Balance could be considered a skill, something your loved one can improve with practice. Below are tips to make balance problems less dangerous, and to improve the ability to move around more easily.
To make balance less of an issue, your loved one’s home should be as easy to navigate as possible. Try these steps:
– Continually pick up and put away any obstacles on the floor, like shoes or clothes, that your loved one may trip over or need to steer around.
– Remove throw rugs, or secure them with double-sided tape.
– Keep useful items within reach, so your loved one needn’t strain to reach or use a stepping stool.
– Install grab bars in the bathroom by the toilet and in the shower or tub.
– Keep the house well lit, even at night, so your loved one has an easier time seeing.
– Any staircase should have a handrail.
– Avoid slippers or shoes that have deep treads. Footwear with thin non-slip soles is best.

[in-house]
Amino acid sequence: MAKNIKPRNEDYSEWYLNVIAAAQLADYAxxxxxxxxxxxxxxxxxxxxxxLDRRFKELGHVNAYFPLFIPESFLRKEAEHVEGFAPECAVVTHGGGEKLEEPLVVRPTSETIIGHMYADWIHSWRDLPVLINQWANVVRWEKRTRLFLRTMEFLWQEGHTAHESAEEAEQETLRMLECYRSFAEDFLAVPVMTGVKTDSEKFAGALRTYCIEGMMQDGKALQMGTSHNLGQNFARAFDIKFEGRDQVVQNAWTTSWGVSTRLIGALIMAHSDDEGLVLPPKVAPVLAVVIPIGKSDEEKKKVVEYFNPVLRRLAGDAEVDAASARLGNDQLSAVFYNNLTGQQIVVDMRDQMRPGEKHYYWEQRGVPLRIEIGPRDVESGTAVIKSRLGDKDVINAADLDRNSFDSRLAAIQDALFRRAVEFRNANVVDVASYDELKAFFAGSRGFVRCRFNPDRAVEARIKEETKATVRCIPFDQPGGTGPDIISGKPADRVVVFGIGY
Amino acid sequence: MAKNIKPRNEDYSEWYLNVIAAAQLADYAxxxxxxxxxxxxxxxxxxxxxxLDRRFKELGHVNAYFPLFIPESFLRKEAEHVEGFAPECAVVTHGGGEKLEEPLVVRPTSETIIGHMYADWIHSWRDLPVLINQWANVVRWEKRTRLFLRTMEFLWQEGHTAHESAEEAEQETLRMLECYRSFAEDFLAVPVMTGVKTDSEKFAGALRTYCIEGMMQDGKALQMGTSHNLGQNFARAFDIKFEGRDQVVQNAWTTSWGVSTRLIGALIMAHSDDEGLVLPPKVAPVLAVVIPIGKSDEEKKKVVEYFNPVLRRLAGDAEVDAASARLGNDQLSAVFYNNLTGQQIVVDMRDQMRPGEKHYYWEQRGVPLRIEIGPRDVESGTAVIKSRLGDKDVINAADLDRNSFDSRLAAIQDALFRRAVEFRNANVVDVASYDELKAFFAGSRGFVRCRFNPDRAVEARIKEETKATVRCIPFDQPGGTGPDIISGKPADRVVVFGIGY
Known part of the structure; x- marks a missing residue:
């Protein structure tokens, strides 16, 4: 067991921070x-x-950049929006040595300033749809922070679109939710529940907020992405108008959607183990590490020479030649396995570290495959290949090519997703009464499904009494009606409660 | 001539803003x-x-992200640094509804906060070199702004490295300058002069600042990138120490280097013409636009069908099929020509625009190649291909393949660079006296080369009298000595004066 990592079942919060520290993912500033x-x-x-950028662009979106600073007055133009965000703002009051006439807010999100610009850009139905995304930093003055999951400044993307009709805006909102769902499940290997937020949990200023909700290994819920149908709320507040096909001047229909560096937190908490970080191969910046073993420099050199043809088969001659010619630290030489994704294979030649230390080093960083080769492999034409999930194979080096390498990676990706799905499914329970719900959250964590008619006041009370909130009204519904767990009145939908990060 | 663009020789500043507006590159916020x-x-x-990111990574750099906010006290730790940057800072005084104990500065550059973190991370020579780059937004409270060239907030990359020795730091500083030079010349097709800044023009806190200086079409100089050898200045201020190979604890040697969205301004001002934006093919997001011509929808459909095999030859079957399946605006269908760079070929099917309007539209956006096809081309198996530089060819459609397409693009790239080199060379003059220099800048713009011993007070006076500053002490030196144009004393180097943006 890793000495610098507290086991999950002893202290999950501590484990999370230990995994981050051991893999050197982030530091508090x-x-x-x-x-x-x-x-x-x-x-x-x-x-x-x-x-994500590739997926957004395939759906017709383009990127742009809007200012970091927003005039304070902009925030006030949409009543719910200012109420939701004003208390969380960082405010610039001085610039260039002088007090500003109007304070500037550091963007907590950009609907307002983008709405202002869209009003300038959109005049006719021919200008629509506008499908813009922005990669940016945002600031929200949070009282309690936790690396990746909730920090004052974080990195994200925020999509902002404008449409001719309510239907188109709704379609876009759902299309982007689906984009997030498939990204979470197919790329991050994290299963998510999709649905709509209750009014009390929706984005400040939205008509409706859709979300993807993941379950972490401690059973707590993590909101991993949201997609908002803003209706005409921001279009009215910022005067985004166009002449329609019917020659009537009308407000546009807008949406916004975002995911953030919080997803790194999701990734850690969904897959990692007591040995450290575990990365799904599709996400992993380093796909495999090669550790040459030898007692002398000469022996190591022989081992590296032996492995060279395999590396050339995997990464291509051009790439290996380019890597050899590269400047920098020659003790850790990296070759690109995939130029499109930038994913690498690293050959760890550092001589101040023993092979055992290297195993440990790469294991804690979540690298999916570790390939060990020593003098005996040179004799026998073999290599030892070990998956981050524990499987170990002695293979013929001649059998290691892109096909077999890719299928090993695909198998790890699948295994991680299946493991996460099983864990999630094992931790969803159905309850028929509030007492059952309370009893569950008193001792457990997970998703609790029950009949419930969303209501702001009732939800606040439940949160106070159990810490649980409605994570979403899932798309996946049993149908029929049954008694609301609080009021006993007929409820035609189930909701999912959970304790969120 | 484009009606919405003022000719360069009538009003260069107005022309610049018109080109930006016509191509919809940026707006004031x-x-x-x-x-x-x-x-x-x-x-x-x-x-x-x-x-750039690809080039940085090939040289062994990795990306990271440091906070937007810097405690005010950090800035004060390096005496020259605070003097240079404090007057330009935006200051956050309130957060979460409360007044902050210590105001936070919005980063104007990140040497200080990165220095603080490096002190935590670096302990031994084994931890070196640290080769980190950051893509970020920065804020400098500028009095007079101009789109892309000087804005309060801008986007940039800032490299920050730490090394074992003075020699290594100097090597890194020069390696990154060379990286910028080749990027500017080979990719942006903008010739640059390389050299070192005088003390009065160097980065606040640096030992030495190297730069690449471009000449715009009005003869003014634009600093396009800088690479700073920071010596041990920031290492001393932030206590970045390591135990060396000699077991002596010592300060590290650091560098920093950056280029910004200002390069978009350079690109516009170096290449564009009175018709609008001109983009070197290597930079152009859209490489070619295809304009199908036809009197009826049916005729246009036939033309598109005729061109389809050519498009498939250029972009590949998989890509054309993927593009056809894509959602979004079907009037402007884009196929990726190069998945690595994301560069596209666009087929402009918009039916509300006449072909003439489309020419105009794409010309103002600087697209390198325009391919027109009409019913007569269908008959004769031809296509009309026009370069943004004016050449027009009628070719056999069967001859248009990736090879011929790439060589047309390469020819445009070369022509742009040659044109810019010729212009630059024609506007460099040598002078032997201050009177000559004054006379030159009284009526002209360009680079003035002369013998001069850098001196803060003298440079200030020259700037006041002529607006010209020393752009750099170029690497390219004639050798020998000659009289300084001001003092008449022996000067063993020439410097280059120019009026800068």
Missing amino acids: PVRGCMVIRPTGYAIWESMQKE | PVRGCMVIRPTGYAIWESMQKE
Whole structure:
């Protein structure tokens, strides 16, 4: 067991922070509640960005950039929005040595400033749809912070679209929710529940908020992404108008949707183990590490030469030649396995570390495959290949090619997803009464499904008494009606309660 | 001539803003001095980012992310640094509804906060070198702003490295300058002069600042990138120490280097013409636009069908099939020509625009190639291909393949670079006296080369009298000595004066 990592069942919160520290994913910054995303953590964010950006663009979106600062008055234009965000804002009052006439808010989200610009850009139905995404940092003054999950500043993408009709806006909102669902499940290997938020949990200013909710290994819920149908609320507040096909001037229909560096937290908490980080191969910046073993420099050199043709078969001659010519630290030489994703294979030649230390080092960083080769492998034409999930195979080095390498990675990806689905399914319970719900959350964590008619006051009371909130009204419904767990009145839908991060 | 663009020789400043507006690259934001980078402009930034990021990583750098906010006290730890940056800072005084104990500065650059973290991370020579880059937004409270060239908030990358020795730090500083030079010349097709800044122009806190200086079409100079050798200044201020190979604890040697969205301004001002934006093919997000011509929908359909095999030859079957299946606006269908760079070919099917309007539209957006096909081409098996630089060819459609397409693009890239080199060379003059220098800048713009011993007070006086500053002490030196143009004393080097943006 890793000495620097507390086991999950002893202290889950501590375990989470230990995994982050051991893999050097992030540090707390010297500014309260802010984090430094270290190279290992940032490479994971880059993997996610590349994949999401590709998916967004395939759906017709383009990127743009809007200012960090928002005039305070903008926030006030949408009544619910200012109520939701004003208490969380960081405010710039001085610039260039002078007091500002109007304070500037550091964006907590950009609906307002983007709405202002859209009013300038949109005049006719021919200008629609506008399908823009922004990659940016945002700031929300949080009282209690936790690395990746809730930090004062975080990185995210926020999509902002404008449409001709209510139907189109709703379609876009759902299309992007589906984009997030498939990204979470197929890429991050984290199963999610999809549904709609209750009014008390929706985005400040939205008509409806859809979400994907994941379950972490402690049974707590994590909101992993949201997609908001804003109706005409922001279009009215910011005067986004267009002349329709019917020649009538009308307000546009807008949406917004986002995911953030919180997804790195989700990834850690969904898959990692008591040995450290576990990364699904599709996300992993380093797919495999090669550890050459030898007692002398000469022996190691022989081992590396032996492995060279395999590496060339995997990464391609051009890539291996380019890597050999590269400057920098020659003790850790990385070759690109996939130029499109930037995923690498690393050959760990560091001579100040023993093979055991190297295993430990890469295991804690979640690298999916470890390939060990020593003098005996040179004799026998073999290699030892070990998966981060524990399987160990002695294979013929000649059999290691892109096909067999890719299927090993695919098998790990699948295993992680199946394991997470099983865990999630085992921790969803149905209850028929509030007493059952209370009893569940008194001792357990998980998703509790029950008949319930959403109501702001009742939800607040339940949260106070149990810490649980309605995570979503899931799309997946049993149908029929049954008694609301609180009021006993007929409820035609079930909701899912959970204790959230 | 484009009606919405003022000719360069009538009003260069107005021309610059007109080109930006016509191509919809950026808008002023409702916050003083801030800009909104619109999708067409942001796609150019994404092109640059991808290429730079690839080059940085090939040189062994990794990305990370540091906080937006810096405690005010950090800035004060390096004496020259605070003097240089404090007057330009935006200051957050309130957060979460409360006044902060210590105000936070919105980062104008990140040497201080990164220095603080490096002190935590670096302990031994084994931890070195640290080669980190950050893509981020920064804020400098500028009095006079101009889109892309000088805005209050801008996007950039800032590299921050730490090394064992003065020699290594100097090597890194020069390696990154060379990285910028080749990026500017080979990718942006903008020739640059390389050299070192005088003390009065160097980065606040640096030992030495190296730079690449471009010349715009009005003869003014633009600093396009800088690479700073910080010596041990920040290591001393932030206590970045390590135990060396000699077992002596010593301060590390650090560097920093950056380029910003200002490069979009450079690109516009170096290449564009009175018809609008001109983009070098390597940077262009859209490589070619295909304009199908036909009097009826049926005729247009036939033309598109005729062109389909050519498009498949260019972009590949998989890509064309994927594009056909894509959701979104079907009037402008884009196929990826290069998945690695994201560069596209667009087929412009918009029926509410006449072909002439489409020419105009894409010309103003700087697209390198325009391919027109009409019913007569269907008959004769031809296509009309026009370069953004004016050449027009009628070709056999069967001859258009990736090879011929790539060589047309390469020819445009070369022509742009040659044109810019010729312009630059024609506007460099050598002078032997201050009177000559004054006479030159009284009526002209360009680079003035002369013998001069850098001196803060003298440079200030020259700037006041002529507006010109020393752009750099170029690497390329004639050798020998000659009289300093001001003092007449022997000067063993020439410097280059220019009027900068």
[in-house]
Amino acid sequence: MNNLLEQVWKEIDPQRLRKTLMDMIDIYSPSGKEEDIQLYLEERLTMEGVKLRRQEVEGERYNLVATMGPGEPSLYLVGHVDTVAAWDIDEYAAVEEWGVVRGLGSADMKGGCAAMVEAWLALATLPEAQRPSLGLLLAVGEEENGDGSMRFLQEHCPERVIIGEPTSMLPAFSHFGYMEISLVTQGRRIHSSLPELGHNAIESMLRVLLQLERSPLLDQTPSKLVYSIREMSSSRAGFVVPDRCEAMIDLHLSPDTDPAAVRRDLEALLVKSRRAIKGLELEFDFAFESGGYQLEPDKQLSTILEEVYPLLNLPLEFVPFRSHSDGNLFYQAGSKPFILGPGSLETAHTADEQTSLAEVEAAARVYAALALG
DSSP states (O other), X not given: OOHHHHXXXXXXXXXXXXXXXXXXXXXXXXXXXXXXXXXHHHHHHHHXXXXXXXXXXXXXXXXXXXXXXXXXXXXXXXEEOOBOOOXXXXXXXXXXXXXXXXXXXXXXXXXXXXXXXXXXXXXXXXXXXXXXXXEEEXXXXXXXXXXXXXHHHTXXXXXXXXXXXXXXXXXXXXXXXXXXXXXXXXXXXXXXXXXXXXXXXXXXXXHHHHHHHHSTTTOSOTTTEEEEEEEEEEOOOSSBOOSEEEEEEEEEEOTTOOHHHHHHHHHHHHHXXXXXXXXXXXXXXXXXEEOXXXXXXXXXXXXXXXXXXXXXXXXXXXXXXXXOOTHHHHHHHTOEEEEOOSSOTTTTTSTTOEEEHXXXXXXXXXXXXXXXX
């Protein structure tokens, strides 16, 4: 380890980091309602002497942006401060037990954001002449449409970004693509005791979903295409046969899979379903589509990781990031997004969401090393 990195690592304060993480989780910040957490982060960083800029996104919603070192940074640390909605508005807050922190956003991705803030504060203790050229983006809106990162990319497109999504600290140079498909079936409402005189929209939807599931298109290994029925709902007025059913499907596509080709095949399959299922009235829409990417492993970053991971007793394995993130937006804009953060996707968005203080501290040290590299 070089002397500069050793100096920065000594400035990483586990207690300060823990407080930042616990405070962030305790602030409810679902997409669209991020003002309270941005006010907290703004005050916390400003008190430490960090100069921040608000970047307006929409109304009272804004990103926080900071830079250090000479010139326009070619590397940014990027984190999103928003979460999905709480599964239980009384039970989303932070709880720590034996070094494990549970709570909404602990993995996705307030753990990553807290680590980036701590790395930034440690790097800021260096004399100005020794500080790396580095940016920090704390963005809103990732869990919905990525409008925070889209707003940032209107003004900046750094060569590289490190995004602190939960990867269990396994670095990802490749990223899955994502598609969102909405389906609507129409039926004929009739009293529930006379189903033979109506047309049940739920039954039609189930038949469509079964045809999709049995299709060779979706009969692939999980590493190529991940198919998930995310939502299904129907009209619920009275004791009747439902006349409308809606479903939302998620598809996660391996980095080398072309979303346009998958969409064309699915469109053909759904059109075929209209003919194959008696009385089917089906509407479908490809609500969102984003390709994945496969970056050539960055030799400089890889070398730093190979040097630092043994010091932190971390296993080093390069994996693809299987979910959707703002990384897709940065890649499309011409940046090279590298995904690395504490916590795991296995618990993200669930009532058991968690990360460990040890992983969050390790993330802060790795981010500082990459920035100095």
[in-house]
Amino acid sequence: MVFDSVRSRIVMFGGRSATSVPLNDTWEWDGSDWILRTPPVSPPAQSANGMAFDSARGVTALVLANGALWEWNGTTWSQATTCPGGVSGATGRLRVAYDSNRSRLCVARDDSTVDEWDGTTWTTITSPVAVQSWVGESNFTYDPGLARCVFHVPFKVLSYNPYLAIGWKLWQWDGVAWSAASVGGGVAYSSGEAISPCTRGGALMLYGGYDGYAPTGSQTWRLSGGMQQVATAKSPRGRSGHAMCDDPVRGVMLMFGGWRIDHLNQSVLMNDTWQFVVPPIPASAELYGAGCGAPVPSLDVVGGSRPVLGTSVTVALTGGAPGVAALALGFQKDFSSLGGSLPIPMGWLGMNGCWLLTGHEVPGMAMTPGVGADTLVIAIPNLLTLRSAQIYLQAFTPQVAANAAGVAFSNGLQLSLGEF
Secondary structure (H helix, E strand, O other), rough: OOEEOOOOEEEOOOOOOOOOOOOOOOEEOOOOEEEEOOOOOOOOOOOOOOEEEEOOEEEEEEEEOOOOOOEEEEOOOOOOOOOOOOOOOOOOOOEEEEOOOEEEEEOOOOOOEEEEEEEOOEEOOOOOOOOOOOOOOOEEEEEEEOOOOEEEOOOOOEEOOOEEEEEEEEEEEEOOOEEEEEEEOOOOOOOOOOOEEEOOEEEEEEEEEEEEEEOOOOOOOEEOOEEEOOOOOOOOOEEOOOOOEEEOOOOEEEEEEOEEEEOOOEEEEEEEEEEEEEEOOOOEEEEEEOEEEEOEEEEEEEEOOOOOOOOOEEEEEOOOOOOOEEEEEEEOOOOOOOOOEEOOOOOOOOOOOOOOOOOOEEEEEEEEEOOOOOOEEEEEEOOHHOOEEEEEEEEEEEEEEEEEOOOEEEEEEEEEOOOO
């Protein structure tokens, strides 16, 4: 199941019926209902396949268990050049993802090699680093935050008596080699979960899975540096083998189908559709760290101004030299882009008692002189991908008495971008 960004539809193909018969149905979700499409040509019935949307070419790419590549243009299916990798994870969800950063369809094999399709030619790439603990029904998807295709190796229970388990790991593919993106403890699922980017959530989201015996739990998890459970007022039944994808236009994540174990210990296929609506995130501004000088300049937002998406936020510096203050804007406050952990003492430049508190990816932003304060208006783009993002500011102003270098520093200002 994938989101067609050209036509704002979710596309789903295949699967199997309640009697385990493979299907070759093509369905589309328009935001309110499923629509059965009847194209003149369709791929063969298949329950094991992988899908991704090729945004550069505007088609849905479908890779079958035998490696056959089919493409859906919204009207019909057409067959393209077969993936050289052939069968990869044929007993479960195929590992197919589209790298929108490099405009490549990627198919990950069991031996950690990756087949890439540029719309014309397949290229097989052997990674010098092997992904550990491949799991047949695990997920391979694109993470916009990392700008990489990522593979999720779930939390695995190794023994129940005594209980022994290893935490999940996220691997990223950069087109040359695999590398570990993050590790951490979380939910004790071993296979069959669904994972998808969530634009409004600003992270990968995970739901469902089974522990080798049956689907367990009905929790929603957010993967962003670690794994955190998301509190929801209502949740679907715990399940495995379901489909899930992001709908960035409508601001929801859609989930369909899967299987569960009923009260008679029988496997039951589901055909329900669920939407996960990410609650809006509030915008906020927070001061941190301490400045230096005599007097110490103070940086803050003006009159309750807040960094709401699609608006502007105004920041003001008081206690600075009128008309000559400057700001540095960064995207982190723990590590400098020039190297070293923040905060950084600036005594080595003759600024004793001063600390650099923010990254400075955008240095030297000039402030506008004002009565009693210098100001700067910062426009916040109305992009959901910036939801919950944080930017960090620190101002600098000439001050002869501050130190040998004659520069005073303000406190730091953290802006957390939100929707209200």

Exercise lowers anxiety and improves memory in people with dementia, so it’s important that your loved one be as active as possible in any stage. Almost any physical activity that gets a person moving is good for Alzheimer’s symptoms, but these low-impact workouts can particularly help improve balance, in part by strengthening leg muscles and maintaining bone density:
1. Have your loved one stand holding the back of a chair.
2. Lift the heels, raising up onto tiptoes as high as possible.
3. Return heels to floor.
4. Repeat 10 times.
Straight Leg Raises